How spirituality can make you a better investor – Mental toughness | The Economic Times
Having a spiritually balanced outlook towards life helps one deal with those times when your investments are not doing well. People who are spiritually grounded and are thus self-aware can face any kind of tough circumstances with greater equanimity. As it happens, over the last two years many people faced a huge amount of personal stress and sorrow because of covid. This has made some of them psychologically tougher, while it has had the opposite effect on some. The difference could well be because of how spiritually aware they are. My sense is that investors are the same. Every investor goes through bad times sometime or the other. When those times are over, some get scared into quitting and/or become panic-prone. Others learn their lessons, both about the external circumstances and about their own attitudes and actions. (Text by Dhirendra Kumar. He is an author and also CEO, Value Research)
Even if you are the sort of person who actually would not self-classify as spiritual, self-awareness leans in that direction. In fact, thinking of investing decisions as external problems versus problems whose solutions lie within oneself is a big differentiator. When I look at the kind of investment questions that people ask—on the internet generally, there’s an interesting pattern that can be observed. There are savers who think that investing is about investments and there are those that think investing is about themselves.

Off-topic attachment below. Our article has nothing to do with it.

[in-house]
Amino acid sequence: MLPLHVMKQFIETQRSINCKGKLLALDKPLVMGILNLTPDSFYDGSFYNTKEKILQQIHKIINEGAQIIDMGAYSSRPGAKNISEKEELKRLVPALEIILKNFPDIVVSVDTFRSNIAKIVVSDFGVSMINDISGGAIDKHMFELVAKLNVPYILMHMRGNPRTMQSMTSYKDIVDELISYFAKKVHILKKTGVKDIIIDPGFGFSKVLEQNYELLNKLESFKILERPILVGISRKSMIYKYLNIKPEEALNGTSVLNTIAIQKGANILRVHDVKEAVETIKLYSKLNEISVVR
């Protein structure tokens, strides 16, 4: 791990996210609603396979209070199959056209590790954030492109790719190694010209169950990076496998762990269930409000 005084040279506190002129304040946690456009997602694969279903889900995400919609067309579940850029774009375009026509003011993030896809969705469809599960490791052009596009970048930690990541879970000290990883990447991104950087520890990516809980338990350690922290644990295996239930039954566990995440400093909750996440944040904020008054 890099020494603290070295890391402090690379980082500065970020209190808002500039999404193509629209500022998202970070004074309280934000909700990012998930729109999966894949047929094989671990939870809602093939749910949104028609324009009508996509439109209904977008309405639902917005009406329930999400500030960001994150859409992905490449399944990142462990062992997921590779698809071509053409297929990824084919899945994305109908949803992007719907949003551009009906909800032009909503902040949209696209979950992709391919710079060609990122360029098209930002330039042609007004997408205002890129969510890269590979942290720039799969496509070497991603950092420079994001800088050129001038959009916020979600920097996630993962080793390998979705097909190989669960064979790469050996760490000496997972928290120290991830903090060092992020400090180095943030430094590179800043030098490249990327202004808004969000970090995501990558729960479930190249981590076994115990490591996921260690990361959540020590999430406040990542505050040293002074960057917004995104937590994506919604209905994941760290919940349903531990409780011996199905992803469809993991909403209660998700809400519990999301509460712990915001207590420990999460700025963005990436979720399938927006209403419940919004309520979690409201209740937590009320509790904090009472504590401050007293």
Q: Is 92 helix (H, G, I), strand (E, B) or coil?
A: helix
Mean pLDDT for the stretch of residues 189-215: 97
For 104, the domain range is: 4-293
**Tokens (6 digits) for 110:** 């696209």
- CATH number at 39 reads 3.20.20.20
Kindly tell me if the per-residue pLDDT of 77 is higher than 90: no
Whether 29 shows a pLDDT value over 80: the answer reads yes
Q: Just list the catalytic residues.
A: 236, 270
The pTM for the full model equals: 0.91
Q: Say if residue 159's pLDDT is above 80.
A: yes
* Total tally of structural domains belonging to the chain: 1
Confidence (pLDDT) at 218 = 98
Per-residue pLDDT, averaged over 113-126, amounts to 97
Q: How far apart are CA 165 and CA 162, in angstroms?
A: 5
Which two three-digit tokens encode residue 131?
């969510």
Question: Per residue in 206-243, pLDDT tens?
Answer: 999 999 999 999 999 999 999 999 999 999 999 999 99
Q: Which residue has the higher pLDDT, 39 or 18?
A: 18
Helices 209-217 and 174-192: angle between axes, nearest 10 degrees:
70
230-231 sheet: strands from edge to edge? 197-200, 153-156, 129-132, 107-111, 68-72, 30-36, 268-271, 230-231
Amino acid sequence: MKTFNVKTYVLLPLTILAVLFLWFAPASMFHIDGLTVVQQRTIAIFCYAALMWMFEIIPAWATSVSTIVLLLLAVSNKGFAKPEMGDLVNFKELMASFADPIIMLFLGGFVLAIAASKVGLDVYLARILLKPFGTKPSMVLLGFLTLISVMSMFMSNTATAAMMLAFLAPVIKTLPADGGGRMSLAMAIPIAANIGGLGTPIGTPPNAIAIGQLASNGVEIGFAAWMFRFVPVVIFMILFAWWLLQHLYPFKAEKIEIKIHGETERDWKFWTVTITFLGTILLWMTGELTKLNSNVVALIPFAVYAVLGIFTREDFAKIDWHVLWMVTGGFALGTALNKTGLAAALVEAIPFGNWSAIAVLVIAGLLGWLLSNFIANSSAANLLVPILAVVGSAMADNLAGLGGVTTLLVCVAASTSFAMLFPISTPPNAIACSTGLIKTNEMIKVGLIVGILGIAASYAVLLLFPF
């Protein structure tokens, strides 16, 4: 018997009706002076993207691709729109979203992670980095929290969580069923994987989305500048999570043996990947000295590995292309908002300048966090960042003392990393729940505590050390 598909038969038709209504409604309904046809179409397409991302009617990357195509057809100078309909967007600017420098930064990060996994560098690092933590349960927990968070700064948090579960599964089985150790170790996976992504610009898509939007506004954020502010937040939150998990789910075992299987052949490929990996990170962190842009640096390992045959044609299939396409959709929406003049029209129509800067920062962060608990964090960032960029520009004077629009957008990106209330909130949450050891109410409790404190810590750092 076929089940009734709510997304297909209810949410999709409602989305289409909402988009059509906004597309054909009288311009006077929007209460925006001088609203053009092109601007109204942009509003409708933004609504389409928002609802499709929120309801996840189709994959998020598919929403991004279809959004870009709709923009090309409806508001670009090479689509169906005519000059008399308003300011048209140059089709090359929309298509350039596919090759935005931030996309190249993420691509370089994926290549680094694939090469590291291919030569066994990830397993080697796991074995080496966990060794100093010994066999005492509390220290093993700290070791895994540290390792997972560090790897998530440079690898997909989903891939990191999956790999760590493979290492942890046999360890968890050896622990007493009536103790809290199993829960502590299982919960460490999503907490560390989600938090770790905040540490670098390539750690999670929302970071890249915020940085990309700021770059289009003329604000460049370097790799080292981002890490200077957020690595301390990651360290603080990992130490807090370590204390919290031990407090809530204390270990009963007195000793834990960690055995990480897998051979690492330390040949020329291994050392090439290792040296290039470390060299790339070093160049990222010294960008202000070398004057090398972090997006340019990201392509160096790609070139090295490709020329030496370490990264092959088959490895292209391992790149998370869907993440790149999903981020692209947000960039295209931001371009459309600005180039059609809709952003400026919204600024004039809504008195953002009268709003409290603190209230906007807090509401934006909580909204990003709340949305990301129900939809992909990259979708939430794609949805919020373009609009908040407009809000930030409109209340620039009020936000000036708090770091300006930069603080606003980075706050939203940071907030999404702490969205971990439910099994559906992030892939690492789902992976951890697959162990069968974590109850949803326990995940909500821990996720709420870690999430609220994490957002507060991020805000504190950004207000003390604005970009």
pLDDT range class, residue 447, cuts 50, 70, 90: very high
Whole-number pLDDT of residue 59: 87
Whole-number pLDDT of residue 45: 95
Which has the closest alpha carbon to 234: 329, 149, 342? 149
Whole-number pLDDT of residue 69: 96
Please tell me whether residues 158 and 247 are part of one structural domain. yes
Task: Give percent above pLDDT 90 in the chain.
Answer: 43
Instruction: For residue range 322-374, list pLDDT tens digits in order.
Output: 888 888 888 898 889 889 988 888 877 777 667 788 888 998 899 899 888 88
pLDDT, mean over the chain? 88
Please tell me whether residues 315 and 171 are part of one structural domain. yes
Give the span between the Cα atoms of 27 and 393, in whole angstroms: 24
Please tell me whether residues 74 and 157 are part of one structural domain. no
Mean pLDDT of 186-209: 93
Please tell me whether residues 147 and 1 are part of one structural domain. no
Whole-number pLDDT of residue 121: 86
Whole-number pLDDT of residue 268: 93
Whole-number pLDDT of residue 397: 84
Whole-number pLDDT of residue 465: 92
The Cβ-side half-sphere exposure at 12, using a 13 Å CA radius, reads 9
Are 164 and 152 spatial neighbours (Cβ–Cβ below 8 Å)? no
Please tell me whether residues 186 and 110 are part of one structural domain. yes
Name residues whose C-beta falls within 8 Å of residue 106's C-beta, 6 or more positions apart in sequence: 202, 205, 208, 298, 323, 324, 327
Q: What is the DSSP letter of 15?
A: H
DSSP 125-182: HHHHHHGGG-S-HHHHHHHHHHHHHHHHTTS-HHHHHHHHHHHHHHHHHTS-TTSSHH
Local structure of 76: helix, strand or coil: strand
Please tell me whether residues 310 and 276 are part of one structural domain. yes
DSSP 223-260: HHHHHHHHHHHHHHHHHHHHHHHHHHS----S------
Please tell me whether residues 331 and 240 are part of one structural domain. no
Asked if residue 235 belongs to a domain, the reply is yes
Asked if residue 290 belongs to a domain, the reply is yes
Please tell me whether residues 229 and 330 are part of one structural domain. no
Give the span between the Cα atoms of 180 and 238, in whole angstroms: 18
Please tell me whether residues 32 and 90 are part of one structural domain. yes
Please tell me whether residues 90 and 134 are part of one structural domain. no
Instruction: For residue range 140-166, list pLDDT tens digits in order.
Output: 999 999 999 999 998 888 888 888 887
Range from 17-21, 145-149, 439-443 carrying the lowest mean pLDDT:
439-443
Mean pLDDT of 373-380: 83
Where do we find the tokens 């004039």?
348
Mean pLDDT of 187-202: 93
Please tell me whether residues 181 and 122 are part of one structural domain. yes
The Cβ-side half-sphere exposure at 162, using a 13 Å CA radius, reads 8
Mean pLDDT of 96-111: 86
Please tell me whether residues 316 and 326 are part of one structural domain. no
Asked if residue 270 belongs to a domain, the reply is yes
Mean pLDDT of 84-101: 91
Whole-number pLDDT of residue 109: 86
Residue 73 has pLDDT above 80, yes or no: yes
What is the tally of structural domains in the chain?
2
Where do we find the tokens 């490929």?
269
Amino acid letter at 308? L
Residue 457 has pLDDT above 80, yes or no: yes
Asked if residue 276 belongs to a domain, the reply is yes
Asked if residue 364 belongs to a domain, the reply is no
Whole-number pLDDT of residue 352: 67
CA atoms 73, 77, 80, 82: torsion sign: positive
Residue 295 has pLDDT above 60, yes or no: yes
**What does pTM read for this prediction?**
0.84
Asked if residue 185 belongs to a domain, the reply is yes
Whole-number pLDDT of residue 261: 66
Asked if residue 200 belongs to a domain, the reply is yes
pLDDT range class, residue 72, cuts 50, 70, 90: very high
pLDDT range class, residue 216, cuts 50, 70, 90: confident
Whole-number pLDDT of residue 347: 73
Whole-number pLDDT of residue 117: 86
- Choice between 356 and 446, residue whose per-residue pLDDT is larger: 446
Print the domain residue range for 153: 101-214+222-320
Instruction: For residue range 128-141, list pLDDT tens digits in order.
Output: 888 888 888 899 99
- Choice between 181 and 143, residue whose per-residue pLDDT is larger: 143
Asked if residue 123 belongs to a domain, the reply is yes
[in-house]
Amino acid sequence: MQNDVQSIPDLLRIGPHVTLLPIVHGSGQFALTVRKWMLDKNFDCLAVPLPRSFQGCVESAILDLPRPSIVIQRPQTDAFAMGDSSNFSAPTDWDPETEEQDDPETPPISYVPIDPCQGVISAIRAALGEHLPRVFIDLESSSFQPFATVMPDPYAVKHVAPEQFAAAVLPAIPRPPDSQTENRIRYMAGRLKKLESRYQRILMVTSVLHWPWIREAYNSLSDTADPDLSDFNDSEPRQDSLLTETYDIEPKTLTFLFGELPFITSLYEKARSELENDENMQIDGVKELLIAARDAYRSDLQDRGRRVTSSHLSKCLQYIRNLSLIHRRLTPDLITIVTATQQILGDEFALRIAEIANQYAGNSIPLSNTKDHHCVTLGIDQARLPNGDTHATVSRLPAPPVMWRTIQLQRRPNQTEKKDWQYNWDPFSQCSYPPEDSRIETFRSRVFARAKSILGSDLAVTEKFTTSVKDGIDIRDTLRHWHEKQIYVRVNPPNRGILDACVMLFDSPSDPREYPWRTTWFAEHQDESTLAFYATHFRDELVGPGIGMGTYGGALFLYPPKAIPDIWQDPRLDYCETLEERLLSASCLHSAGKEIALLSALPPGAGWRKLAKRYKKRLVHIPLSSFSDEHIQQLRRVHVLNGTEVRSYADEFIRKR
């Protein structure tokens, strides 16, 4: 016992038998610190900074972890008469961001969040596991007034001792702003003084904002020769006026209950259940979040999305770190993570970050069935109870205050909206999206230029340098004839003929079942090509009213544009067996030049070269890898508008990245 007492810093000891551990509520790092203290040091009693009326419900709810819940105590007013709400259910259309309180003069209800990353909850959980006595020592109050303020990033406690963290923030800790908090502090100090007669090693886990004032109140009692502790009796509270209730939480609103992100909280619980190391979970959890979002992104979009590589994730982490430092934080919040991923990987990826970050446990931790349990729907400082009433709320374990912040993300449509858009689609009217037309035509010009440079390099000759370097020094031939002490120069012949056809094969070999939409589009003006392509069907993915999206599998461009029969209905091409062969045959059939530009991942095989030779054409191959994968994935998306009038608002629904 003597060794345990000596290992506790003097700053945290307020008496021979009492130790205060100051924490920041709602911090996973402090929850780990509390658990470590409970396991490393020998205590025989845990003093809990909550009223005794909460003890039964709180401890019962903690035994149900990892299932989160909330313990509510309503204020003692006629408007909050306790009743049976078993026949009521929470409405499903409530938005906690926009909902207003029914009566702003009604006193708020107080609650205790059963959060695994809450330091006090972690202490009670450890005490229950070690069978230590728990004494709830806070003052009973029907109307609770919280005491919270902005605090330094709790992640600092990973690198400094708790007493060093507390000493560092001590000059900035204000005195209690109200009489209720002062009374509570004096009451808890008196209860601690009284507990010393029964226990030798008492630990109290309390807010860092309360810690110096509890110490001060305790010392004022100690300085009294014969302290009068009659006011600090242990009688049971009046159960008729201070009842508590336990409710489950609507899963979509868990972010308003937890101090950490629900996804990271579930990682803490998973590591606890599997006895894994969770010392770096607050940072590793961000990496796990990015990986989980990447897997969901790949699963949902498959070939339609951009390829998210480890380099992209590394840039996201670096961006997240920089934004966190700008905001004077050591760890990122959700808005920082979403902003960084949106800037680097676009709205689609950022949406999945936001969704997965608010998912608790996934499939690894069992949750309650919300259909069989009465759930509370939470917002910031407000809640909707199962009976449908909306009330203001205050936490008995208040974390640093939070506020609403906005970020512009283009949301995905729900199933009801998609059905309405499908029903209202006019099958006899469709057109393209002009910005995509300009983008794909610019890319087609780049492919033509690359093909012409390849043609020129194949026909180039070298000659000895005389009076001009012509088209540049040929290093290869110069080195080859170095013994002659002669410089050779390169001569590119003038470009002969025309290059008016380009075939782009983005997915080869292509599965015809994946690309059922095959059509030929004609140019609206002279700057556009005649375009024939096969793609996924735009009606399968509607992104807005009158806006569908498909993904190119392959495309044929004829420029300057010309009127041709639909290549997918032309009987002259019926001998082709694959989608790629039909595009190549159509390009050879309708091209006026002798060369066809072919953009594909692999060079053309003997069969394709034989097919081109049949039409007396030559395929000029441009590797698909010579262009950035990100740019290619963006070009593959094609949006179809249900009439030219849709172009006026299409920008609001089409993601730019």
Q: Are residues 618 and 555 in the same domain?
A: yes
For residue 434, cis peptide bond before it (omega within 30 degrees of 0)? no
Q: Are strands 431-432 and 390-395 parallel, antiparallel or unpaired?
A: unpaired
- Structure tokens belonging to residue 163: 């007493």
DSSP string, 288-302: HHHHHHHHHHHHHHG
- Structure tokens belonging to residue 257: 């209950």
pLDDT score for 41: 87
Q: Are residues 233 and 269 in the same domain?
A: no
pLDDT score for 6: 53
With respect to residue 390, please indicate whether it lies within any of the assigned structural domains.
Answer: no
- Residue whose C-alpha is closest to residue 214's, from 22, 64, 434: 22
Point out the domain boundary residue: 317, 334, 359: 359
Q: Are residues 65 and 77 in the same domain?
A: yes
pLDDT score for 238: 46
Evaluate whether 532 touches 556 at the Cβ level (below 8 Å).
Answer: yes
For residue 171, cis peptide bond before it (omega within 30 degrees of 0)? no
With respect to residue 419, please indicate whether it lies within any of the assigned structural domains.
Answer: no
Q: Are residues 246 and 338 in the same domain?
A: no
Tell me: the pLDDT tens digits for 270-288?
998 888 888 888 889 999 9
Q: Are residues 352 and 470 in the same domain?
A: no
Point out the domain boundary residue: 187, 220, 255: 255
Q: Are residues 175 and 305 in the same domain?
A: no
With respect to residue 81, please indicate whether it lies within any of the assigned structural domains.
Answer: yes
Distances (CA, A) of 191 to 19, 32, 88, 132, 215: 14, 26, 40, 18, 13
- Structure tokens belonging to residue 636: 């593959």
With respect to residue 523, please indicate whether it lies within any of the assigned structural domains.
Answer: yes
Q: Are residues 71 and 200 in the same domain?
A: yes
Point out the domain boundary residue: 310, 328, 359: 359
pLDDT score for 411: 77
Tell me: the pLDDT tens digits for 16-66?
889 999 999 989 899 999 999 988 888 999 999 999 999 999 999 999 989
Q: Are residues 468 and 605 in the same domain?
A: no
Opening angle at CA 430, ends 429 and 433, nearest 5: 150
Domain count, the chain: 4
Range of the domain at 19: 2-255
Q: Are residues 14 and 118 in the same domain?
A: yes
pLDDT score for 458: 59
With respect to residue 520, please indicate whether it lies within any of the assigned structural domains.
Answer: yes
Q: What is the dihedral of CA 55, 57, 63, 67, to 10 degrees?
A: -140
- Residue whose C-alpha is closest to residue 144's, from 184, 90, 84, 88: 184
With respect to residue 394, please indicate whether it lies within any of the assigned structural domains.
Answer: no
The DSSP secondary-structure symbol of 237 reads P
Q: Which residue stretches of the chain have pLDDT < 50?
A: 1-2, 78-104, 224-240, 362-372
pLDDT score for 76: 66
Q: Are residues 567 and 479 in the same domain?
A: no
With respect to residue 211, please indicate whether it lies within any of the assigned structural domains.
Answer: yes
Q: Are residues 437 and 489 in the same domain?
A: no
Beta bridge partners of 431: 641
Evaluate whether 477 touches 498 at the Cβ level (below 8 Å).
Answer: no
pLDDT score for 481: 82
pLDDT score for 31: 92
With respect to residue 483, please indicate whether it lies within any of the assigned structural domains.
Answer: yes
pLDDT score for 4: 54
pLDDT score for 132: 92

Here’s one real question: ‘Is it advisable to invest in mid-cap and small-cap mutual funds in the current situation in the stock market? How long will the conditions remain like this?’ It sounds like a perfectly reasonable thing to ask. However, contrast it with this question: ‘I am 40 years old but haven’t started saving for retirement, apart from the EPF deduction. When I retire, I will need Rs.75,000 a month….’.
Attitude towards investment
While these are just questions that the two savers asked in an email, I think it would reflect their attitude towards thinking about investment in general. The first questioner thinks investing decisions are to be based on what’s happening in the outside world while the second one sees saving and investing as a way to find solutions to the problems of one’s own life.
There’s another, even deeper, more spiritual aspect that requires you to know yourself. Different people seem programmed to suffer different levels of stress and anxiety when they are faced with hardship. Investment advisers are fond of asking their clients their ‘risk tolerance’, but the answers are useless unless someone has had a real life experience of facing losses. This is equivalent to many other life situations. Are you going to be brave when faced with a terror attack? If you get a terrible disease? No one knows the true answer till it happens.